…tax bills will go up even though real market values declined again as of January 2011, the date of record for valuations, and were down at least 20 percent from their peak in 2008.

You can thank Oregon’s tax system for that.

In the ’90s, Oregon voters passed two constitutional amendments limiting growth in property taxes. One essentially divorced real market values from so-called assessed values. The lower value is used to calculate the taxes you owe.

The second amendment in 1997 capped property tax increases to 3 percent a year, though it exempted remodeling, new additions and new voter-approved levies from that cap. That measure also cut tax bills overall.

Market values skyrocketed after that while assessed values bumped up at a more modest rate. By 2008, real market values across the state were 86 percent higher than assessed values, according to the Oregon Department of Revenue. And though market values have declined since then, they still remain about one-third higher than assessed values in Portland’s urban counties.

Tax provisions regarding debt foregiveness on a short sale or foreclosure

I was recently asked by a real estate professional if I knew the tax implication of a homeowner having mortgage debt forgiven via a short sale or foreclosure.   At the time I did not but have since researched the issue and thought I would blog about it.  Keep in mind that I AM NOT a tax professional and if the topic in this post pertains to you then I recommend you seek individual help from a qualified tax professional.

In general, this topic is covered in section 108 of the Internal Revenue Tax Code.  Mortgage debt forgiven via a short sale or foreclosure can be excluded from taxable income so long as it meets a set of rules.  CLICK HERE to read a print off directly from the 2011 CCH US Master Tax Guide about these rules.  The mortgage debt must have been qualifying acquisition indebtedness (any “cash-out” will be included in taxable income) and it must have been secured against the tax filers primary residence.  This provision is set to expire in 2012.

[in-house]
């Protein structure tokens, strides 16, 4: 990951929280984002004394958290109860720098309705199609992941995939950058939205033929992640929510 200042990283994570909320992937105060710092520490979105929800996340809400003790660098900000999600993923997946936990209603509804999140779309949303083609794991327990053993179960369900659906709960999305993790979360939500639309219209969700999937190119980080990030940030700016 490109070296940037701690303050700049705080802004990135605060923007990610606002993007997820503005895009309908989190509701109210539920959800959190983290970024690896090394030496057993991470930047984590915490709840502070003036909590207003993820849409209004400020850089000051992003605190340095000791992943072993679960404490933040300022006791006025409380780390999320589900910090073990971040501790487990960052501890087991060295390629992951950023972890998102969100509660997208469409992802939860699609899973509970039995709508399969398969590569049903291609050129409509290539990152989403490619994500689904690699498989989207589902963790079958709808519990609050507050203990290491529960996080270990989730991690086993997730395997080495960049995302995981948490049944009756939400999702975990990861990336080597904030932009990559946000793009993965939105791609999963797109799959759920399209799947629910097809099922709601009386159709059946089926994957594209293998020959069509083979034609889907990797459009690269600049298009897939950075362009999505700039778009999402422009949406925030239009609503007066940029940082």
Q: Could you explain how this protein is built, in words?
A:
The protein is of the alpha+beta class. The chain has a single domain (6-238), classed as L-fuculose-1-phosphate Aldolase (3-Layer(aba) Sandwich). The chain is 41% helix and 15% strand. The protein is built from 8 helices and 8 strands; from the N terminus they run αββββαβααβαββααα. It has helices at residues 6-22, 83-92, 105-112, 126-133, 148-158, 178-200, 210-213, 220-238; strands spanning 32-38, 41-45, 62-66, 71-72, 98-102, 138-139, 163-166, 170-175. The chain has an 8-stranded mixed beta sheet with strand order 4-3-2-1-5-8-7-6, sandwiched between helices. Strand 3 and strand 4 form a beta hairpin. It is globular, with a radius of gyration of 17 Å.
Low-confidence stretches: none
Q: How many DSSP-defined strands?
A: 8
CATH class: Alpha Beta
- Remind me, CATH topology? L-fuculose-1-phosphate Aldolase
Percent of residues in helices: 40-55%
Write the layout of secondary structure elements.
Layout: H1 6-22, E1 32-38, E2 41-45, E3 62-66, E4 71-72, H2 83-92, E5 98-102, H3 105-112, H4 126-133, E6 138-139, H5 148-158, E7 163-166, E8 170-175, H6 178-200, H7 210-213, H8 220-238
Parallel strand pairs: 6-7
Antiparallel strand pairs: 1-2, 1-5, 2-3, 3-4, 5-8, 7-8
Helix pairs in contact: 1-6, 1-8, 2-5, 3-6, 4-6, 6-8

Also, in section 108 of the IRC it states that debt discharged as a part of a court approved Chapter 11 bankruptcy and/ or debt discharged when the taxpayer is insolvent outside of bankruptcy is also excluded from taxable income.  I’m sure I am missing a lot of details so feel free to comment below if there are any important provisions I neglected to mention.

From this we can deduct that if a mortgage was used to acquire rental property or was used to pay-off consumer debt then any discharge of this debt will be included in a taxpayers gross income for tax filing purposes unless they are insolvent.

Mortgage Insurance Tax Info

I’ve recently received a few questions regarding the tax deductibility of mortgage insurance.  I blogged about this a while back to I thought I would re-post the link.  Click HERE.